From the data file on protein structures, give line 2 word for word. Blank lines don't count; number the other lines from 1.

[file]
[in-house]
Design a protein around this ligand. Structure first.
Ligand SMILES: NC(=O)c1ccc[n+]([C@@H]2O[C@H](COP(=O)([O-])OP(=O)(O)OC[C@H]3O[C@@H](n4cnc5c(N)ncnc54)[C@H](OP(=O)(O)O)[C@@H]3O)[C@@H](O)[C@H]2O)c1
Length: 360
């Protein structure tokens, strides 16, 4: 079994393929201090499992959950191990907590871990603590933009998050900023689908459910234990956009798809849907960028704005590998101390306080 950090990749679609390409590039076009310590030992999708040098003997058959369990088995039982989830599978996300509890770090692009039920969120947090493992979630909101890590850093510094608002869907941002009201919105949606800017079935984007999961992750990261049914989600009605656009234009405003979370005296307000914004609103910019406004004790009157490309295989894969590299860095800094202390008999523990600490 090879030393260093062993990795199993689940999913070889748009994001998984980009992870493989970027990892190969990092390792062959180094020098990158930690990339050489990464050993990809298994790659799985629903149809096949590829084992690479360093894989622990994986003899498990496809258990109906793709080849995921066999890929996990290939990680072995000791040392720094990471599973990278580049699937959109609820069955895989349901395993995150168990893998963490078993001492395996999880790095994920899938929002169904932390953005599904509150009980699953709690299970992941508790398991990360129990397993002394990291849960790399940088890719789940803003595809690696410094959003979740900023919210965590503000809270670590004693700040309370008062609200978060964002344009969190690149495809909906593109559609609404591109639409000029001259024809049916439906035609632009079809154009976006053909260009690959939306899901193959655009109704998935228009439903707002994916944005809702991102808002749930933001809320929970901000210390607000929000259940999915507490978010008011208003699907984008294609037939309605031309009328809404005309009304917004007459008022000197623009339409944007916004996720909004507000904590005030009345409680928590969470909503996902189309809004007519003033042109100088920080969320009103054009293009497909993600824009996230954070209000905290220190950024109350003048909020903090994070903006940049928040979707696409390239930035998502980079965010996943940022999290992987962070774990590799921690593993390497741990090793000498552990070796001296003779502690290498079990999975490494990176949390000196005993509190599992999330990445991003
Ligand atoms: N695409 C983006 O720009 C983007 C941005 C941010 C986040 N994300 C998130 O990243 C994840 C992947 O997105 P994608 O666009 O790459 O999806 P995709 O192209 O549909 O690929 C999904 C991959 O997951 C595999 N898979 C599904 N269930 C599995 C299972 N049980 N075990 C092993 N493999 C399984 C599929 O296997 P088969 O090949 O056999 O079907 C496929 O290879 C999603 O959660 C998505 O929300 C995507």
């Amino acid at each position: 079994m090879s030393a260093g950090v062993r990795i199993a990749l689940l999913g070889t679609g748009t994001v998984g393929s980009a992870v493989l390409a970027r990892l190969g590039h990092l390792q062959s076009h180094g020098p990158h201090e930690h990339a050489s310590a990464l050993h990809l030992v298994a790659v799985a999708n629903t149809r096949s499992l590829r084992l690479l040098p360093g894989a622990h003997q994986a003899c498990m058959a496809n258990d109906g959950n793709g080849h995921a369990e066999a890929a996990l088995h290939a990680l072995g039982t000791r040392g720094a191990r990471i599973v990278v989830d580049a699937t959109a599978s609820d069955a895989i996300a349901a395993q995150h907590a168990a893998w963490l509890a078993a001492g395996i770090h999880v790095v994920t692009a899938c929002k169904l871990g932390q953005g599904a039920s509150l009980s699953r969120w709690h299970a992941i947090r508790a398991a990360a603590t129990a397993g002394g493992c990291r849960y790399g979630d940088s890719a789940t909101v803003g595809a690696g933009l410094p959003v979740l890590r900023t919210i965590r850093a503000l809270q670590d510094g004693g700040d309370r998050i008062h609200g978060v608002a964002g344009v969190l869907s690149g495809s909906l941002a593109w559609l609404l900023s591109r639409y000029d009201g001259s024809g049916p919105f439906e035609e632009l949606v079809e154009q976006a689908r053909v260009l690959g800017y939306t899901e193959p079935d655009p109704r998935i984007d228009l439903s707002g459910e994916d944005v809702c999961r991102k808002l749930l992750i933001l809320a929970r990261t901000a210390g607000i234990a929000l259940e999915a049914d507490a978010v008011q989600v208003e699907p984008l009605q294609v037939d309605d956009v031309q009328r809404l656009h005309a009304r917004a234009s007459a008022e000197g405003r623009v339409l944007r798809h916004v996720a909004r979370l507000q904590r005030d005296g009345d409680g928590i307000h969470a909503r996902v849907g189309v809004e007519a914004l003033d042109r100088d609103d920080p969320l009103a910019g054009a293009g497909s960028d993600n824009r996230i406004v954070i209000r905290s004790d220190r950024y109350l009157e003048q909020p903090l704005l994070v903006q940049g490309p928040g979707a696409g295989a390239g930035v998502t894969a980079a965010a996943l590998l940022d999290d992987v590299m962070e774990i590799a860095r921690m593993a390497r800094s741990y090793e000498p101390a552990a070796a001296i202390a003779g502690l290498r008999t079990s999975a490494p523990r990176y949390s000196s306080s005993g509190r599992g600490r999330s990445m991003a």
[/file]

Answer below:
Design a protein around this ligand. Structure first.